What to Do When Prospects Don't Believe You

By: Jill Konrath

We were just approaching Des Moines, Iowa, traveling at 72 miles per hour on I-35 when it hit me. My husband, who was driving, didn't even notice. But for me, the effect was jarring.

"Holy cow!" I exclaimed. (That's really an appropriate phrase when you're in Iowa.) I held up Wikibrands, the book I was reading. "Did you know that the Edelman Trust Barometer says only 8% of people trust what companies say about themselves?"

My husband shrugged his shoulders and gave me that "Duh" look. Clearly, it wasn't impacting him the same way it did me. All I could think about was what salespeople were saying and what their prospects were hearing.

Seller: We offer state-of-the art technology.
Prospect: I don't believe it. And even if it's true, your lead in the market will last only a short time.

Seller: We really care about our customers.
Prospect: That's what they all say before they get the order. Then after the order is placed, they ignore you.

Seller: We're number 1 in the XYZ Ranking.
Prospect: Statistics can easily lie.

Seller: We offer a unique approach to solving your problems.
Prospect: Sure you do, along with everyone else.

This is serious. When you talk about your company, 92% of the time people don't believe you. And the more wonderful things you say about your organization, the more unbelievable you are.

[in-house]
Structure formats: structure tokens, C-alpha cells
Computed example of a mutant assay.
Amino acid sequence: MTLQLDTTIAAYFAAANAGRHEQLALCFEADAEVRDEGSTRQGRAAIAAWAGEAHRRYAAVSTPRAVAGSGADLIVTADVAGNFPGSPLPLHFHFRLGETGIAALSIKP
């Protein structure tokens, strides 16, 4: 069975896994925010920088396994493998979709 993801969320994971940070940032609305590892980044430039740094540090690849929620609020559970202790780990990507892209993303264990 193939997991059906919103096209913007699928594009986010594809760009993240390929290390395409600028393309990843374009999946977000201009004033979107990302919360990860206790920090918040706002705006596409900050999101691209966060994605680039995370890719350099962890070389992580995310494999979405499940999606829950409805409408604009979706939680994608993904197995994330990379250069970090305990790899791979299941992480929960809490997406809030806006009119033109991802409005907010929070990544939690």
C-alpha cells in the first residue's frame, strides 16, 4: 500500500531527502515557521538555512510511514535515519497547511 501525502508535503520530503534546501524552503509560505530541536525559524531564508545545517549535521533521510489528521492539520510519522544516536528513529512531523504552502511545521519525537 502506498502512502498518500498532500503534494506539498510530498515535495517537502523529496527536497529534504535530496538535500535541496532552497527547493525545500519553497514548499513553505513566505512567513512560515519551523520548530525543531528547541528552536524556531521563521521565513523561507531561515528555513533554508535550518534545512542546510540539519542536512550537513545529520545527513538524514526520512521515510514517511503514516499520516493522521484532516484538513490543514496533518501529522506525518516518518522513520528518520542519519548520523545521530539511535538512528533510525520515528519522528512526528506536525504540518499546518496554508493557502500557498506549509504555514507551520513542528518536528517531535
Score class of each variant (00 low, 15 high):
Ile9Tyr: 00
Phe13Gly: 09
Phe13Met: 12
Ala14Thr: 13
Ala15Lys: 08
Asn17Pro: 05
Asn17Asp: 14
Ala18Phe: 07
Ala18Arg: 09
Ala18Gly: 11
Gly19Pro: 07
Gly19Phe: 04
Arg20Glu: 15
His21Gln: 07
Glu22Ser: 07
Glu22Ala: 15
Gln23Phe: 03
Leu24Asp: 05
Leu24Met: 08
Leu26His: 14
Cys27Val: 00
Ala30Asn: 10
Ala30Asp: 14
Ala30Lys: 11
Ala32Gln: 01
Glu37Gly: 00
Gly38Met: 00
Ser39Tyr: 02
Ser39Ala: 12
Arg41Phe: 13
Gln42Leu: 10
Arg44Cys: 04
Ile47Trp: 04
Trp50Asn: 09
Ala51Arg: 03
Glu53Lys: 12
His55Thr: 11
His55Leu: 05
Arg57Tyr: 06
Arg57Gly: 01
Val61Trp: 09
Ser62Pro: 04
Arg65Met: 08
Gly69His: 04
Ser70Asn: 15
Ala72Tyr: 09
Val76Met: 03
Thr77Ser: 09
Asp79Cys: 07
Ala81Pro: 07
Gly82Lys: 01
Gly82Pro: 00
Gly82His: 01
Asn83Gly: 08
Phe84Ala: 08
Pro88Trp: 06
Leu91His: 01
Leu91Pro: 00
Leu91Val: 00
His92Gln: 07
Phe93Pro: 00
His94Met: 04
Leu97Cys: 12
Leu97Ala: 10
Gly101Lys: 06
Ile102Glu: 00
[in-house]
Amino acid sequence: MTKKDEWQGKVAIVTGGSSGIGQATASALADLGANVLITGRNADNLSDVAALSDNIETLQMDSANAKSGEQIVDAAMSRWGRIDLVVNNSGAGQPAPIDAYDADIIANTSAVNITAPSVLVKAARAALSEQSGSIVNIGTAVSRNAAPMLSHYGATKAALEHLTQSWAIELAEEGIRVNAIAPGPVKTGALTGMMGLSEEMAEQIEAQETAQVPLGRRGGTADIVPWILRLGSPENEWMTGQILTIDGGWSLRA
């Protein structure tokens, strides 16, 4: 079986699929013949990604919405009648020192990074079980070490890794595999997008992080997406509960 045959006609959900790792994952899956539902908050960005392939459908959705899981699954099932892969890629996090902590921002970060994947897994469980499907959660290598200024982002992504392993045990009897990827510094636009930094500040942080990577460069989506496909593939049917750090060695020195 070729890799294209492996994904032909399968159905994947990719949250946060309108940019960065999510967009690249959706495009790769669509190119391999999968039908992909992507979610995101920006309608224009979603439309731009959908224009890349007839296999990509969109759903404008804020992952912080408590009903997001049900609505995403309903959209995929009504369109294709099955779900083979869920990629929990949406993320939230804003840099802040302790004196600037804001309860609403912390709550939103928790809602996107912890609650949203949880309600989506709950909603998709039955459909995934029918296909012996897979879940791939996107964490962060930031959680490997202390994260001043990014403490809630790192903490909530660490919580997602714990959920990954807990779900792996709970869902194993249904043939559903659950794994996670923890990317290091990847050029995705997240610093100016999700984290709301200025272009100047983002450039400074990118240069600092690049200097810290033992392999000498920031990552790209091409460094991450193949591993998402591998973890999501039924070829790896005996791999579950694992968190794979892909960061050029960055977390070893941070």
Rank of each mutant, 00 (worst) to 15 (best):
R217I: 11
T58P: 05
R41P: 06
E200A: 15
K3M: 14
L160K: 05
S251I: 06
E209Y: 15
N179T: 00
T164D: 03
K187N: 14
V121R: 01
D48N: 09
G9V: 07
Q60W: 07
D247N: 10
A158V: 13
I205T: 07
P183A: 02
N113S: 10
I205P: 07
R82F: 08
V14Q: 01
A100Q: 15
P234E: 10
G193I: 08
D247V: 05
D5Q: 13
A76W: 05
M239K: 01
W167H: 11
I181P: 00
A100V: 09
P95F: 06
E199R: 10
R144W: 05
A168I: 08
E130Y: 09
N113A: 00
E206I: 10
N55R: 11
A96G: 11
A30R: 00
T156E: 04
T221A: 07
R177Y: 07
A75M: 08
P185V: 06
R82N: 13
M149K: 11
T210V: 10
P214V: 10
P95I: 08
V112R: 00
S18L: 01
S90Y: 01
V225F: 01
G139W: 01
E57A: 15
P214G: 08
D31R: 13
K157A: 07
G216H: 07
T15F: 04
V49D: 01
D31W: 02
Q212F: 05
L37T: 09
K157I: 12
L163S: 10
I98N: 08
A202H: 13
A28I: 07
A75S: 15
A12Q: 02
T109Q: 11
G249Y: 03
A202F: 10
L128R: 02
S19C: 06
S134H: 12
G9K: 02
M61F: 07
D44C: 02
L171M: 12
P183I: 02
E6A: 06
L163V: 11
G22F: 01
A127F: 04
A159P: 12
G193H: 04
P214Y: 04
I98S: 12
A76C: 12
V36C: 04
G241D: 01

So, what's the answer?

Here are three strategies you can use to be more believable and get prospects to trust you.

  1. Don't say anything nice about your service.
    Don't say one blasted thing nice about your service or solution because doing so only destroys your credibility. Don't pass out any of your "aren't we wonderful" marketing brochures either. They have the same negative impact. This is especially important in your early conversations with buyers.
  2. Focus on being helpful in every interaction with a prospect.
    Let your prospect know about the results your other clients achieved using your services. Talk about the prospect's critical business issues. Share ideas, insights, and information that you think would be beneficial to them. Ask questions. But most of all, make sure they have no doubt that your intent is to provide value to them.
  3. Be truthful, even when it hurts.
    Your service or solution is not perfect for everyone. When you're under corporate or self-induced pressure to close more sales, it can be hard to remain truthful and avoid doing and saying anything to win the sale. But you must keep the buyer's interest at the forefront. Sometimes that even means recommending a competitor because it's the best option for the prospect and the right thing to do.

Developing trust is essential. Without it, you don't have a chance to get the business. With it, you'll have an opportunity to grow long-term, highly profitable relationships. It's worth the effort.

Jill Konrath is a Contributing Editor for RainToday.com and bestselling author of Agile SellingSelling to Big Companies, and SNAP Selling  An expert on sales acceleration, she's a frequent speaker at sales conferences. Email Jill at jill@jillkonrath.com.

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